Suniva and Solar World Americas will be expecting to reap the benefits of a protected domestic market for solar panels, and their success would lend credence to the protectionist approach towards US based manufacturers. I suspect this won't happen.
Far from an explosion in the success of European-based manufacturers following the anti-dumping actions and the agreed Minimum Import Rules, the measures arguably had a slowing effect the growth of EU solar, as chunks were added to EPC cost and margins squeezed as a result. We are seeing the roll-back of the MIP as a key enabler of genuinely subsidy-free, which tells a story of its own.
The question is, does the GOP Administration really care about the potential impact on solar deployment in the US? It's approach to the renewable agenda suggests not, but the speed of growth, in terms of revenue and job creation, would make this an odd economic decision, if nothing else. Time will tell what impact this will have on the US solar market, as it grapples with yet another inhibiting policy. That is comes this time from a climate-change denying leadership makes the pill even harder to swallow. TIme for State subsidy perhaps?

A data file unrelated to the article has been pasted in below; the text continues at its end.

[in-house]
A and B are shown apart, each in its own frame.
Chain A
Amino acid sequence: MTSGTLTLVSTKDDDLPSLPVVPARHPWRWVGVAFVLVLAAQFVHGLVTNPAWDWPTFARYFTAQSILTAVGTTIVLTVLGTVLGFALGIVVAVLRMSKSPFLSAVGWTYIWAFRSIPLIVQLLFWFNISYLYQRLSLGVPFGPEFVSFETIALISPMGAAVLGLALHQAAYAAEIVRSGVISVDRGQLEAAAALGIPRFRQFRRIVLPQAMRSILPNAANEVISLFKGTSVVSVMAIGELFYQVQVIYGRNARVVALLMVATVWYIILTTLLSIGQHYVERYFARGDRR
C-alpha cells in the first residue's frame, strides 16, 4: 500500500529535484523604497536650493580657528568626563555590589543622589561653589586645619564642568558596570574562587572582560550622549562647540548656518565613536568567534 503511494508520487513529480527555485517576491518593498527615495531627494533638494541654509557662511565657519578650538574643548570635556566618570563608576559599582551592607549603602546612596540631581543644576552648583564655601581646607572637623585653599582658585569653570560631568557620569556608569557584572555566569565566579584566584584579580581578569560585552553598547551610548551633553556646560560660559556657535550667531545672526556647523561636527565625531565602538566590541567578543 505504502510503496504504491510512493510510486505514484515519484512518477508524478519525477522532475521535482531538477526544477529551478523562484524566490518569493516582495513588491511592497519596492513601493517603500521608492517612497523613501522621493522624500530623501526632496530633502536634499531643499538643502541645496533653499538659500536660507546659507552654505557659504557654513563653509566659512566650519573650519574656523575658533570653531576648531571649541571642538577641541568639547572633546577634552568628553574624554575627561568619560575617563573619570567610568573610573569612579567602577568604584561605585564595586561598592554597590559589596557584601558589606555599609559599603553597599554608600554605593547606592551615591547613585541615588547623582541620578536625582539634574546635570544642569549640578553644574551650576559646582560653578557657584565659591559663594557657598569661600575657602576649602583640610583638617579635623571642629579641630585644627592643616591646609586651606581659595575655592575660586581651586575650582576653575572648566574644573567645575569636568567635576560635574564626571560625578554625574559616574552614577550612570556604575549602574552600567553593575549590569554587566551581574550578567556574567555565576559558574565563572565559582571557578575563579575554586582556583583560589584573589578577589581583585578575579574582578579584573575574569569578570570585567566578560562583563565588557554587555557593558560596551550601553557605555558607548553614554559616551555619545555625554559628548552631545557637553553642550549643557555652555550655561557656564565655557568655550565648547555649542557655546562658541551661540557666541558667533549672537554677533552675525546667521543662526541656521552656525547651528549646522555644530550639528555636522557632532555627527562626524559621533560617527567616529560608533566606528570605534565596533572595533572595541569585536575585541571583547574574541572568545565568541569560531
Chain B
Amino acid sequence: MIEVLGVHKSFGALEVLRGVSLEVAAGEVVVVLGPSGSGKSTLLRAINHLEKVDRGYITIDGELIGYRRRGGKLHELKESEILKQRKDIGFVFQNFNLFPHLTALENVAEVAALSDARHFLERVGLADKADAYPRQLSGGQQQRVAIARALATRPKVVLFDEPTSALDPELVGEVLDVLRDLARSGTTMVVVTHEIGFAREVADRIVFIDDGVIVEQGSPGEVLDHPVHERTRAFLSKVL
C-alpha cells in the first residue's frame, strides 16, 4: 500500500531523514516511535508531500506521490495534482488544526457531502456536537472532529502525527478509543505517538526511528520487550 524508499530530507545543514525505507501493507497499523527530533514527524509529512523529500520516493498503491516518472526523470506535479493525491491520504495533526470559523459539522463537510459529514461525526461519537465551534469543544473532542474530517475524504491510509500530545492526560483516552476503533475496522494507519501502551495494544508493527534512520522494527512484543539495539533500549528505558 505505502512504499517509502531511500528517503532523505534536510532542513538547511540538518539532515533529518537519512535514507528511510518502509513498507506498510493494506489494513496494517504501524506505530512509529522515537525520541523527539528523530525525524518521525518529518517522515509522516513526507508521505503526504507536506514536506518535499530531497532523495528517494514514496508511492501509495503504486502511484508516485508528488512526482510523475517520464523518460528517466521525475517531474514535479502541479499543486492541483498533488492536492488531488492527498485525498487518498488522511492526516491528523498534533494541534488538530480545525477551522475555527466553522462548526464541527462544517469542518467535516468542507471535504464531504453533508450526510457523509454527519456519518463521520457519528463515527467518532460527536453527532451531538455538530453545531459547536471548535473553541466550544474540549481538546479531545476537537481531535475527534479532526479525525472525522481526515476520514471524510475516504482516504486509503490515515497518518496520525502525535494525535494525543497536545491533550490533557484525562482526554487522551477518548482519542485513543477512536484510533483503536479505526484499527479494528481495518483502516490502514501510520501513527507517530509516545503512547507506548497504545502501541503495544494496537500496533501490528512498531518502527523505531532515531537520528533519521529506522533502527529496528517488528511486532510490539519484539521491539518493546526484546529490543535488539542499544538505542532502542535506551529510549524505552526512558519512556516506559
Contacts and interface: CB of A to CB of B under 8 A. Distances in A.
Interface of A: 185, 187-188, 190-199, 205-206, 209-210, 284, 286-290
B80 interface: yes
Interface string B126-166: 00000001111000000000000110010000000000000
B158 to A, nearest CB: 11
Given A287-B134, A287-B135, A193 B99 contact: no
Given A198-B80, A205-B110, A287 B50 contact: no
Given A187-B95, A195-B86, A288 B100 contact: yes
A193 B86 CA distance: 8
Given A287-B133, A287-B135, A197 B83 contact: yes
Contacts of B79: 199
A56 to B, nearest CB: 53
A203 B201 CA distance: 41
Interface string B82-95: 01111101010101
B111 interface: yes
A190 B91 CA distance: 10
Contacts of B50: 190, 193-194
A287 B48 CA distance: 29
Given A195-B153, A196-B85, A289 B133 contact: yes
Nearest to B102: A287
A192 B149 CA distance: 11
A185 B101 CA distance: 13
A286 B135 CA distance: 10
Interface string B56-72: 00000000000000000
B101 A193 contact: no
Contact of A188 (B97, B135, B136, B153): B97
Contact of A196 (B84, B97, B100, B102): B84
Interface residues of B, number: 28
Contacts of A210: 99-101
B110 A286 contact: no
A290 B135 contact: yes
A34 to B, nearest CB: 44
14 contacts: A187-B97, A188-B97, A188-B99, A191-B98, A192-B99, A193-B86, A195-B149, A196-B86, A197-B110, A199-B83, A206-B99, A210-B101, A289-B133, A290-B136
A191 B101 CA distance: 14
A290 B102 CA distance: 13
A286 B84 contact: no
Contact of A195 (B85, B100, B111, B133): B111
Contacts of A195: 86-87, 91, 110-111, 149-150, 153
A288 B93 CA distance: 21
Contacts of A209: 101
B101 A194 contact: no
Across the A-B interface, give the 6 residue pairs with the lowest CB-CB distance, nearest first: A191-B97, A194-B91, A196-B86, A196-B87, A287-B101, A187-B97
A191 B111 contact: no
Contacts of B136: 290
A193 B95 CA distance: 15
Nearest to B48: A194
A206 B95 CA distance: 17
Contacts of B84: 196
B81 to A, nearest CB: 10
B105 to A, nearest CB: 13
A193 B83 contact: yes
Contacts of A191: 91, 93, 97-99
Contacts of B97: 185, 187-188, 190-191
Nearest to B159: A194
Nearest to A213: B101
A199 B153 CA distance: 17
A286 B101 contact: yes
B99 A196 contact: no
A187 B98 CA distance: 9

The US has approved controversial tariffs on imported washing machines and solar panels. The move is in line with President Donald Trump's "America First" trade policy, which aims to protect local manufacturers from foreign competition. A spokesman said the administration would "always defend American workers, farmers, ranchers and businessmen". But China and South Korea, whose manufacturers will be most heavily affected, criticised the move. US officials said more trade enforcement actions would follow